Each year the Mountain Heritage Trust takes on one or two work experience students for a short placement. In December 2017 Hepzibah Hill came to the Trust for two weeks. She describes her experiences here:
I stopped an old man with a dog to check I was going the right way. As his dog leaped at me eagerly, he pointed upwards and I followed his hand to a collection of white buildings nestled into the hillside in the distance. As I walked up the hill, sheep stared at me and my excitement at working in an archive for the first time began to be matched with a slight degree of fear – what if I accidentally ripped one of Chris Bonington’s letters? What if I was slated for not knowing more about mountaineering than I do?
I was not slated, but instead warmly welcomed, and in my two weeks here I have learnt a great deal both about archives and about mountaineering. Kelda Roe, the Collections Manager, began by showing me around the Archive Store, explaining how it has been constructed to best preserve documents. She showed me how to monitor conditions in the store, and demonstrated how placing objects in archival boxes helped stabilise the temperature and humidity. I also carried out a monitoring check for pests, checking pest levels were sufficiently low and identifying the few pests we did find.
The Mountain Heritage Trust is currently preparing its next exhibition at the Keswick Museum, ‘Man and Mountain: Chris Bonington, Cumbria and Beyond’. Starting with almost no knowledge of Chris Bonington, I have come to greatly admire him. Through inventorying shelves and shelves of his papers, I learned about him not just as a mountaineer, but as a great organiser and planner, as a writer, and as a family man. Having finished the inventory, I searched through his papers to look for particular items needed for the exhibition, such as a letter written by Joseph Guarts to Chris Bonington’s mother, Helen in 1961. This letter, which promises that Guarts will pray for Chris when he climbs the North Face of the Eiger in 1961, will be used to illustrate the part of the exhibition about this climb.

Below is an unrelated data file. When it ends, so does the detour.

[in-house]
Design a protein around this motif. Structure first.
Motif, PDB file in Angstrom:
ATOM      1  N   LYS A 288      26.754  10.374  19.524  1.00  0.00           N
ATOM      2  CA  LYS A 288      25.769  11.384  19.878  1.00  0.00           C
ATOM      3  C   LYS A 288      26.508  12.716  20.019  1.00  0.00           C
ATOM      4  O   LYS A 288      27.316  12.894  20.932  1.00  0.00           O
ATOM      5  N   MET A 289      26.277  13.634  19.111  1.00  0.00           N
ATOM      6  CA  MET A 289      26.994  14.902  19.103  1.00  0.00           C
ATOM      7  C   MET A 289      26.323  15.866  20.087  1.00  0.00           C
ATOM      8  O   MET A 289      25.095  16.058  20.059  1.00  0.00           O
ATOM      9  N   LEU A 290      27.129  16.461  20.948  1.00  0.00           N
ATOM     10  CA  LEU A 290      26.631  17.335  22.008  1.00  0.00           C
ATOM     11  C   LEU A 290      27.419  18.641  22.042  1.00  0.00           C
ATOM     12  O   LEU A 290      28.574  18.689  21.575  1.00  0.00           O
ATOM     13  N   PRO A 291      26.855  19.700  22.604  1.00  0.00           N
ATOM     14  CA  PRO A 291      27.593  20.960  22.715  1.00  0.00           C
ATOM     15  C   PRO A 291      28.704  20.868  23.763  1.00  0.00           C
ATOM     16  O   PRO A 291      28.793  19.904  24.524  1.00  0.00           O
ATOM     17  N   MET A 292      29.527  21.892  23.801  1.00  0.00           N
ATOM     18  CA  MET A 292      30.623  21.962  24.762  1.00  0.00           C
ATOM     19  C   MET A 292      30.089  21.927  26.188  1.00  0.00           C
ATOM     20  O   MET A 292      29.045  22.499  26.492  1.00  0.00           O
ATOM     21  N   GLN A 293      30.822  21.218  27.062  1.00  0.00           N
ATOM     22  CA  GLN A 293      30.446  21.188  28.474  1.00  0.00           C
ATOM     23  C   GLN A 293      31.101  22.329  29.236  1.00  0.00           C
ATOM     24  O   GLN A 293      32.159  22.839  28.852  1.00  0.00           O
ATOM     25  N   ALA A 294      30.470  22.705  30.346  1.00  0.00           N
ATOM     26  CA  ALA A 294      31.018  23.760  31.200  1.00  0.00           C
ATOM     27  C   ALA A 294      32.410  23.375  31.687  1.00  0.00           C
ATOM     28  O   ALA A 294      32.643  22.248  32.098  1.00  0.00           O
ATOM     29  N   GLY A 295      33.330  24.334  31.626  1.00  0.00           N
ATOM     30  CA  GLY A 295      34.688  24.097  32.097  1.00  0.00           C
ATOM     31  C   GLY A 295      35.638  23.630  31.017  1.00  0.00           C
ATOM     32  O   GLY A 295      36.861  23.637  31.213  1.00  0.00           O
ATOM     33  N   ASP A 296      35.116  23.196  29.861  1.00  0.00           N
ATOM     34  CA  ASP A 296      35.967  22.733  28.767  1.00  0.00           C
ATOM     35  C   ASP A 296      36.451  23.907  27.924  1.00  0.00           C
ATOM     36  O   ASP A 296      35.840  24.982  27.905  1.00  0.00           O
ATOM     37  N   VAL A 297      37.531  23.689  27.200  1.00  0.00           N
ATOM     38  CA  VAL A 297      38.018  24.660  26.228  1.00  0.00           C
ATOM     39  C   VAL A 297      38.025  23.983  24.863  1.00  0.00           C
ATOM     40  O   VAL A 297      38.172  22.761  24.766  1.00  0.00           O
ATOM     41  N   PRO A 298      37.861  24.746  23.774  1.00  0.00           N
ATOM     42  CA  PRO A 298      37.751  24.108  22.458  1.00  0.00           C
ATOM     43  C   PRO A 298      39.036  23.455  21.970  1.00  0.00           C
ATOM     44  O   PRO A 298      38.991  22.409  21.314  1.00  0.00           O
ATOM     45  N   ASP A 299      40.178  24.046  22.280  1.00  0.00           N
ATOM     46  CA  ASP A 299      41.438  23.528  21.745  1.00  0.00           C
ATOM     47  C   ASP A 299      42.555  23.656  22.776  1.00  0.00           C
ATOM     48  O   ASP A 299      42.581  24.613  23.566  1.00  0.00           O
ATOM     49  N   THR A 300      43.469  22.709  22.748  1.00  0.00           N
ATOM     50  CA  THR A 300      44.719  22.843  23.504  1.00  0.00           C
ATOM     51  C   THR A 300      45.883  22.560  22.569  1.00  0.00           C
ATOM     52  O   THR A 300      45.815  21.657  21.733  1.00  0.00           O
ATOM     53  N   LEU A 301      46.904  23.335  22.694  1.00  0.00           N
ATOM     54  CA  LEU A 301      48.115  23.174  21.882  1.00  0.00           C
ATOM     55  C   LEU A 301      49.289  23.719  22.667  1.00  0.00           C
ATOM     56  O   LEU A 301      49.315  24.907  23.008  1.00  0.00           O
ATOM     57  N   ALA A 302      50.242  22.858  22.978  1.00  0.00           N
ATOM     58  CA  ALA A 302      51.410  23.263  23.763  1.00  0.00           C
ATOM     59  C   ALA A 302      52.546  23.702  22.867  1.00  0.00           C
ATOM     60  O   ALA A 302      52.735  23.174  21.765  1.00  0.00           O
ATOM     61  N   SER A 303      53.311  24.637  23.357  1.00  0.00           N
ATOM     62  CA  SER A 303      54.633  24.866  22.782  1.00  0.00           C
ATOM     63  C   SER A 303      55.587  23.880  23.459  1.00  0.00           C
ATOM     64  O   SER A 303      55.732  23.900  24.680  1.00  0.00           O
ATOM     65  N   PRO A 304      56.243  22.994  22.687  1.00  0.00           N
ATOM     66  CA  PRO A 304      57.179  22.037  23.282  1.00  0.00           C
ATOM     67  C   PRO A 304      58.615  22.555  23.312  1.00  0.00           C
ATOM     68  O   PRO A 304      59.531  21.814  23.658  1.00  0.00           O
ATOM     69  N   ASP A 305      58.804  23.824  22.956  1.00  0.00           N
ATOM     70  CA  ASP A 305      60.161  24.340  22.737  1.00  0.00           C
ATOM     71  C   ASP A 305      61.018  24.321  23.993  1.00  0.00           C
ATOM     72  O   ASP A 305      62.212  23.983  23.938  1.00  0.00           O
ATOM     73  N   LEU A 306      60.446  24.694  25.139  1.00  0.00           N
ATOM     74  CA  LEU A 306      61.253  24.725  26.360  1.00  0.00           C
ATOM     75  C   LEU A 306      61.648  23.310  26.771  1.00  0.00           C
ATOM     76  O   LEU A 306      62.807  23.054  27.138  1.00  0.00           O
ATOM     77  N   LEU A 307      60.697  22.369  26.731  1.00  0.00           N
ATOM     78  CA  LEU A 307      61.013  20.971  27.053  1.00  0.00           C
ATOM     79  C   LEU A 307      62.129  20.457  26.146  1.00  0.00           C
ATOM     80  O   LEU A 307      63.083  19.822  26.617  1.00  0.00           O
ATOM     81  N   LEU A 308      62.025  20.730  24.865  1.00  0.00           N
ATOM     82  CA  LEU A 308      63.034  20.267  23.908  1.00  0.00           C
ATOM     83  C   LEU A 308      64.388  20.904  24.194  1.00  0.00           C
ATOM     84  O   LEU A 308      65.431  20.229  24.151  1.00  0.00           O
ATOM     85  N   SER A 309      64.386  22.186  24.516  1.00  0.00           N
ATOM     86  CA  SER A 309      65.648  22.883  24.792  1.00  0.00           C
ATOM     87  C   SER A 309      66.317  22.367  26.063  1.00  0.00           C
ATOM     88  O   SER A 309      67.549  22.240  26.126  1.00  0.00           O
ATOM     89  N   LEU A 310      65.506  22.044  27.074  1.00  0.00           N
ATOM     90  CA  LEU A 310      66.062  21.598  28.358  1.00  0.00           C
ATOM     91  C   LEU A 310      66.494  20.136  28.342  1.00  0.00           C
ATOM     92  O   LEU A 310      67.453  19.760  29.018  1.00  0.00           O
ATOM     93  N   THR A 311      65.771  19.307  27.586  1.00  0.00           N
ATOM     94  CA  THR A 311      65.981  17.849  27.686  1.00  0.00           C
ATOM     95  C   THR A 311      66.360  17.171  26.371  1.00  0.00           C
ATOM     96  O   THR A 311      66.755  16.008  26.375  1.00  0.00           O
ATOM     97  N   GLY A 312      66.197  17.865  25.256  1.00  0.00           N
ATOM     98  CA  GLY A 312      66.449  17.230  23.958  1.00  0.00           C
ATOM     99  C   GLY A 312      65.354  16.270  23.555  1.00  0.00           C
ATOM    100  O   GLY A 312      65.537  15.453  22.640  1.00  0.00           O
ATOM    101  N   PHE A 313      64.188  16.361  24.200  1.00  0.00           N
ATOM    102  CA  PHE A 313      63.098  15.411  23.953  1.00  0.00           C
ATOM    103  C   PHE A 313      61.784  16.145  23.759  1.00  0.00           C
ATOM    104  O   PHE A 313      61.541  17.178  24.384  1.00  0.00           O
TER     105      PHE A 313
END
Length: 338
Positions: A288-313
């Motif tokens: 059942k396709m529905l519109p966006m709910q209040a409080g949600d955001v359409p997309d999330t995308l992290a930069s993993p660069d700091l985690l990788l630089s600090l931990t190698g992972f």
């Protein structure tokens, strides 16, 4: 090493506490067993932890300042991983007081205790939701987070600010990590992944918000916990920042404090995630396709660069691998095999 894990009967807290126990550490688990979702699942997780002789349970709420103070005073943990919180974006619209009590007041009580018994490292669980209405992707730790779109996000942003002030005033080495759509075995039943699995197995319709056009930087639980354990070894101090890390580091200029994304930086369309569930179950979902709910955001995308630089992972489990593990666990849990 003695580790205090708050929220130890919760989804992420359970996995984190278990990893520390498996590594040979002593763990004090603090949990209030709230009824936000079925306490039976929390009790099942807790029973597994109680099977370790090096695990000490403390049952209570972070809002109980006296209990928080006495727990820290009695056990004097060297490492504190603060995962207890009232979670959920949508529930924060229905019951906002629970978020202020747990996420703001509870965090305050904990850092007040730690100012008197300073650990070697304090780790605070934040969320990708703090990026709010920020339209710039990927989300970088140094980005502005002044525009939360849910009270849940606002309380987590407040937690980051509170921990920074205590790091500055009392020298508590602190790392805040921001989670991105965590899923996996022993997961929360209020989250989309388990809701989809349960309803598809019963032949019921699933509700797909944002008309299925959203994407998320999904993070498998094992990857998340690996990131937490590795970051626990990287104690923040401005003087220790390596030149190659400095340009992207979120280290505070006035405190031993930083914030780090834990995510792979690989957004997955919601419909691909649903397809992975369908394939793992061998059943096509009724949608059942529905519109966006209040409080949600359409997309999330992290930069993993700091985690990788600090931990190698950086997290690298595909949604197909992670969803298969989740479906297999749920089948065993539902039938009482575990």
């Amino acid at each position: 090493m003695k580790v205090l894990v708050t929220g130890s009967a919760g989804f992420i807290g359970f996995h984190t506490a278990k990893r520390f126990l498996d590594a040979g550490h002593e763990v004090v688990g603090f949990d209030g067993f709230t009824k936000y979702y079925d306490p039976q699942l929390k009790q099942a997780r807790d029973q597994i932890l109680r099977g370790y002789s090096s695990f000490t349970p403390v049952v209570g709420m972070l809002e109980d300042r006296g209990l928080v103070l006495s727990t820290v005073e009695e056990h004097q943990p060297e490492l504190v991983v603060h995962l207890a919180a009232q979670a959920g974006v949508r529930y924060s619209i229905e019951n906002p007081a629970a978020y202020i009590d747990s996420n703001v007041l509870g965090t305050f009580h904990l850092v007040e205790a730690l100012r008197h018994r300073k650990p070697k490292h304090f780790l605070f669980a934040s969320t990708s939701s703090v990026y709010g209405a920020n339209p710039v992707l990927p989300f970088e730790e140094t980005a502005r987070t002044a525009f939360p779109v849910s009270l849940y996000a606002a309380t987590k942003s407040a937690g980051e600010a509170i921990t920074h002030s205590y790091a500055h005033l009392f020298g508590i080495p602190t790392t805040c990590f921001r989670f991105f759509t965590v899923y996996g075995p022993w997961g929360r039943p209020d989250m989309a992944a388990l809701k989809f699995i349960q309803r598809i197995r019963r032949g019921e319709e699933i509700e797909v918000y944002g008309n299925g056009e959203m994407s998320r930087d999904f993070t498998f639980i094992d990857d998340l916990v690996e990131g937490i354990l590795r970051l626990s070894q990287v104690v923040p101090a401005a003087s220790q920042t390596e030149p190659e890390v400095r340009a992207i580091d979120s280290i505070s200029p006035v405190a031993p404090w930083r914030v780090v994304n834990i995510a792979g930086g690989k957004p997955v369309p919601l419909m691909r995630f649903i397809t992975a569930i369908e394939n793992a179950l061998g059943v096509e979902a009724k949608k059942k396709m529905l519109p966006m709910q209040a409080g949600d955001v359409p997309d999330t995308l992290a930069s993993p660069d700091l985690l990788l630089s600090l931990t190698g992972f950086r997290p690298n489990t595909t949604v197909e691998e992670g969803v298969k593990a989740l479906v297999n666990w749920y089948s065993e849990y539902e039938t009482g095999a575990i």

I also searched through the Mountain Heritage Trust’s object collection, looking for examples of 1950s climbing equipment to demonstrate the kind of clothing Chris Bonington would have worn when first starting out as a mountaineer. I was particularly interested by a candle lantern I found, previously owned by Colonel John Hunt, the leader of the successful 1953 Everest expedition.
After this, Kelda took me to see the Mountain Heritage Trust’s current exhibition at Keswick Museum, ‘British Women Climb’, showing me how documents and artefacts from the Trust’s collection have been combined with written panels, film, and objects lent from other collections to create a historical narrative interesting to the general public.
While at the Mountain Heritage Trust, I have also assisted in their project to catalogue the piles and piles of mountaineering magazines that have been donated to them, giving these accession numbers, filing them in order, and cataloguing them. I have also catalogued book collections donated to the Trust by George Band and Giggleswick School.
In between these activities, Kelda has given me lots of advice about archiving, advising me about possible work experience I could do next, and suggesting possible traineeships and Masters programmes I could apply to. I have very much enjoyed this work experience placement, and it has definitely encouraged me to become an Archivist once I graduate from university.